A new era of oratorial splendour and hyper-literacy

We have entered an age, towards the end of the first decade of the 21st Century, of what I refer to as hyper-literacy.

Technology-enabled, we are able to do things at blindingly fast speed that would once have taken hours, if not days, of work to assemble and collate.

This morning I awakened to an email announcing the launch of the new 2020science site, with this celebratory post by Andrew Maynard, announcing Obama’s inauguration as a red-letter day for science and technology.

I turned on the television and with, my usual uncanny luck, was just in time to catch Obama being sworn in as 44th president of the United States. I also logged on to Twitter so I could participate in the reaction of 237 people and media outlets I follow.

It was a singular experience, and one I found quite moving. This was no attempt to capture the event in any sort of a factual way: it was, rather, a real-time response to the words that were being proffered to us by now-President Obama. People tweeted the words and phrases that most resonated with them. Here are the ones that caught my attention:

  • We will restore science to its rightful place.
  • The world has changed, and we must change with it.

And this passage:

  • [H]ard work and honesty, courage and fair play, tolerance and curiosity, loyalty and patriotism – these things are old. These things are true. They have been the quiet force of progress throughout our history. What is demanded then is a return to these truths. What is required of us now is a new era of responsibility – a recognition, on the part of every American, that we have duties to ourselves, our nation, and the world…

Within moments of the speech ending, I read Tim Harper’s reaction to Obama’s speech – science as saviour: “Without the technological foundations upon which to base ideas all we have is, well, dot.coms and whatever we just lost in the current crisis.”

The algorithmic analyses of Obama’s speech began. Here’s Lewis Shepherd’s wordle of the speech. And here’s a fascinating comparison of George Washington’s inaugural speech with Obama’s – very apt since Obama quoted at length from GW. Get your minds out of the gutter – the real GW.

Then there’s David Meerman Scott’s thoughtful inclusive language ratio comparison of Obama’s first speech as president with the other GW’s last as 43rd president of the US.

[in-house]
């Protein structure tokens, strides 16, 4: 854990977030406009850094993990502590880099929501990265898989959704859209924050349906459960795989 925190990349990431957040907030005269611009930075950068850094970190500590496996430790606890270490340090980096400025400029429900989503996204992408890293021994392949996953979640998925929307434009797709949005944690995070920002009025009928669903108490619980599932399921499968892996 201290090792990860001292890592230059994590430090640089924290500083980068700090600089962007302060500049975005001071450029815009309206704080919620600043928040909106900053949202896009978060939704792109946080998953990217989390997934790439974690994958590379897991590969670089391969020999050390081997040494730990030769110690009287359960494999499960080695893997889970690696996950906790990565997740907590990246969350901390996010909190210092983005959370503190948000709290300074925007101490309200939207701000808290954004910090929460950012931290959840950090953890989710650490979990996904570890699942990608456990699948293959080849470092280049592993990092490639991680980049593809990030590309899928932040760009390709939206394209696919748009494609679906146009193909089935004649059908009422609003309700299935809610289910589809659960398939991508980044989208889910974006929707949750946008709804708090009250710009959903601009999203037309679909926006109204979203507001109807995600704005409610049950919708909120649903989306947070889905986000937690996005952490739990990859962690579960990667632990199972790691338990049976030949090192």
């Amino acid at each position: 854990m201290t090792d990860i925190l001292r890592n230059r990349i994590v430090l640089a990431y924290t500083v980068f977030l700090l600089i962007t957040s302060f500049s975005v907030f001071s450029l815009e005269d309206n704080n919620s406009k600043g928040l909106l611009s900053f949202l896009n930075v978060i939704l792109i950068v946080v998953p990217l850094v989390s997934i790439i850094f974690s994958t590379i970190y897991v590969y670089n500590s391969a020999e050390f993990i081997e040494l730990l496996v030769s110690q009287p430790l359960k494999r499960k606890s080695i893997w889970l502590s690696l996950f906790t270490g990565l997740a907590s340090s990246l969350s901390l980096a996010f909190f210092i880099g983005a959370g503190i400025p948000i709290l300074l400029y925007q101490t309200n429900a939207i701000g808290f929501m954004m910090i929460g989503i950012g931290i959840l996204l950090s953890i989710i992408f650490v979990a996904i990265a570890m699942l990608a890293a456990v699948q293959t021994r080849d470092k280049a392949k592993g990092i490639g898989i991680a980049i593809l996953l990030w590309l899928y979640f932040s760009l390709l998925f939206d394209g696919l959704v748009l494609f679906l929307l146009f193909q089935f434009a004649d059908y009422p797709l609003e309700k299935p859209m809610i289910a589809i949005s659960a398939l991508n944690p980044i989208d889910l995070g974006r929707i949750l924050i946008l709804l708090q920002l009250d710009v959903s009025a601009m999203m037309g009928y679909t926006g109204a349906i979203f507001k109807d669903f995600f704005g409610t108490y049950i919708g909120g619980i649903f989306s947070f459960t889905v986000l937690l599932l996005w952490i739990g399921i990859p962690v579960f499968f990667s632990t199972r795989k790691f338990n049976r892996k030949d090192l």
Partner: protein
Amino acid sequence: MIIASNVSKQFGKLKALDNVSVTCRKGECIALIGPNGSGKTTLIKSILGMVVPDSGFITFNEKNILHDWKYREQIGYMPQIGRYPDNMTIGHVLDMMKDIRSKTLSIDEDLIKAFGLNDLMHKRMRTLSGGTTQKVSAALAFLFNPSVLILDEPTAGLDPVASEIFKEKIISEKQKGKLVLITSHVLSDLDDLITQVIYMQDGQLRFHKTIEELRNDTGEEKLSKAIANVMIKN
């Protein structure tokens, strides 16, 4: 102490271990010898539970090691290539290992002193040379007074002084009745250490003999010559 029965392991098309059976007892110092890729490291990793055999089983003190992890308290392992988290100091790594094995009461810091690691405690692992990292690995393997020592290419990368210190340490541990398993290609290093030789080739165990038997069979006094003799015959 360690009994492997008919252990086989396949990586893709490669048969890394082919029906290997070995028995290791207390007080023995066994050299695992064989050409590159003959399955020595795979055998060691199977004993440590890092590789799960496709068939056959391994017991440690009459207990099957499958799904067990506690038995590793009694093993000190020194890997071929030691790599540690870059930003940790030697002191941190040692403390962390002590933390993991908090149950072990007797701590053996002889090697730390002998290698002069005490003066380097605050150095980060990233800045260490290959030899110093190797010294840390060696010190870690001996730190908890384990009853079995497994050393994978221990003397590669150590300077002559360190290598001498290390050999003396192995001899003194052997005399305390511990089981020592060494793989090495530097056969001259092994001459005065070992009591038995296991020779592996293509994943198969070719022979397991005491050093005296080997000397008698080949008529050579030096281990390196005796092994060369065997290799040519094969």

There were ribald comments from @Slate (including some less-than-complimentary cracks about Aretha Franklin’s milliner), some instantaneous assessment of the speech, its delivery, and Obama’s overall performance, and there was a tweet about a Gwynne Dyer editorial from @GeorgiaStraight that I found truly tasteless on the subject of terrorism. I’m not going to link to the editorial because what I found tasteless about it was the timing of the tweet: at a moment when it was so clear that people around the English-speaking world were rejoicing at the fact that “…a man whose father less than sixty years ago might not have been served at a local restaurant can now stand before you to take …” the oath of office as president of the USA.

@raincoaster was the first of my tweeps to post the entire text of the speech. Someone else posted a link to the ‘baby-faced wunderkind’ who’d written it.

The irony for me is that the last time I specifically tuned in to see an event as it was happening was Princess Diana’s wedding in 1981 – got up at 5:30AM to watch it. But watching the inauguration live (even though I consider television before 5PM to be an abomination, sorry Breakfast Television and Canada AM) brought back so many memories of events of my childhood, when catching something on television was an eagerly awaited event and sometimes involved the suspension of the school day or even – gasp – getting to go home early to watch: Neil Armstrong taking his one giant step for mankind, the Beatles on Ed Sullivan, the 1972 Canadian hockey victory over the Soviets, as they used so quaintly to be called, the Bay of Pigs invasion, the breathless updates on the kidnapping of Patti Hearst and the antics of the Symbionese Liberation Army.

It’s wonderful that we have preserved our sense of event and can share these moments in new ways. But if you feel you need the antidote to Twitter about now, here are some tips from the Conversation Agent blog.

I heard via CBC Radio that some folks got together in a local Vancouver theatre to watch the inauguration live on the big screen. Why, might I ask, was I not invited to that party? Not that I would have gone….

And this just in from @alexismadrigal via @dsearls: a Word Tree of the speech. Fascinating stuff. And need I say, proof that our utterances matter?

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About ruthseeley

Ottawa born, Toronto educated, lived in the Lower Mainland and southern AB for more than a decade. Geographically, I get around a bit (at least within Canada). Passionate about community, democracy, and good books. Fond of the Oxford comma.
This entry was posted in speechwriting, Twitter. Bookmark the permalink.

2 Responses to A new era of oratorial splendour and hyper-literacy

  1. coffee says:

    i can honestly say i’m looking forward to the next eight years…

  2. ruthseeley says:

    Yes, me too. You must try Level Ground coffee sometime – I love their Tanzanian Cafe Mbeya: http://www.levelground.com/.

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